I did my report on filariasis, which is more commonly known as elephantiasis. Elephantiasis is the late phase of filariasis. Filariasis is a tropical mosquito born parasitic disease causing obstruction of the lymph vessels. In some people the presence of the worm causes a tissue reaction that causes the lymph flow to be blocked. This blockage produces lymphedema which is a swelling and can eventually lead to a tremendous enlargement of an extremity or organ. When elephantiasis follows repeated infection, parts of the body -- particularly the legs -- become grossly enlarged and the surrounding skin hardens and ulcerates. Certain types of elephantiasis can be treated surgically. Elephantiasis of the legs is usually treated with elastic bandages and frequent elevation of the legs. The leg and foot, may swell to elephantine size. There may be allergic reactions like itching and localized swelling. The body may also react by causing calcium tissue to be deposited around the worm, walling it off and eventually causing its death.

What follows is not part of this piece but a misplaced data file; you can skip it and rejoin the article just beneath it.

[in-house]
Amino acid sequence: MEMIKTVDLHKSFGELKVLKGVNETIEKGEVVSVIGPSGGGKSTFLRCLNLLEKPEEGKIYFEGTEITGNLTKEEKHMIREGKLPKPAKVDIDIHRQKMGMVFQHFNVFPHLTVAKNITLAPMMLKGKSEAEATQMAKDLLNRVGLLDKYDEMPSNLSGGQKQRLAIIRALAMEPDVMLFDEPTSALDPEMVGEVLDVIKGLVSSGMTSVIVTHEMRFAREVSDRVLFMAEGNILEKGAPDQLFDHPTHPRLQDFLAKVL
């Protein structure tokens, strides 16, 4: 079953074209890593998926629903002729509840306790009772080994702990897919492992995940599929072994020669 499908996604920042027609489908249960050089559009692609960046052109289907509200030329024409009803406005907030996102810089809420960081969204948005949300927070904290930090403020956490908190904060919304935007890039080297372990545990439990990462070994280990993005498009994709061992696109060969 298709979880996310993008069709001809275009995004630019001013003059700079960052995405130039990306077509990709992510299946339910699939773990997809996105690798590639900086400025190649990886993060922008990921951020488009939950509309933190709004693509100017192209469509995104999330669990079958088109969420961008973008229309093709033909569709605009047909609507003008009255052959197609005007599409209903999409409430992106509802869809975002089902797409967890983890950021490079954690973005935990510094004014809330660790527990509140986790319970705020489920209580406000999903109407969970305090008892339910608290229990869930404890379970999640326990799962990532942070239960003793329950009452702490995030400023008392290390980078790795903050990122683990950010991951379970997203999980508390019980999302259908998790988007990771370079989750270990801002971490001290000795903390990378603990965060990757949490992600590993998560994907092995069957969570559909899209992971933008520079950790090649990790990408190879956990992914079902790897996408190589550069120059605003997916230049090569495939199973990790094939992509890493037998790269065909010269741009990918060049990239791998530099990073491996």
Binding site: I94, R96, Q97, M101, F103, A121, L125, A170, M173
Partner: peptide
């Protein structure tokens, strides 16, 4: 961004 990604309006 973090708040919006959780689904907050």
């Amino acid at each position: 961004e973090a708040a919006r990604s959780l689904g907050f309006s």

In humans, the mature worm lives tightly coiled in the lymphatic vessels where they reproduce. The female holds the fertilized eggs in her body. Later the embryos, called microfilariae, are discharged alive. An interesting feature of these worms is the periodic swarming of the microfilariae in the bloodstream. In most species swarming takes place at night. The embryos can be taken up by an insect only when they are in a human's bloodstream. They develope into infective larvae in the insect, which is the intermediate host. These hosts are various genera of mosquitoes, notably A?des, Anopheles, and Culex. Within 10 to 11 days after ingestion by a human skin they migrate to the lymphayic vessels where they mature and reproduce. There isn't really any prevention to this disease.
THE ELEPHANT MAN; Putnam...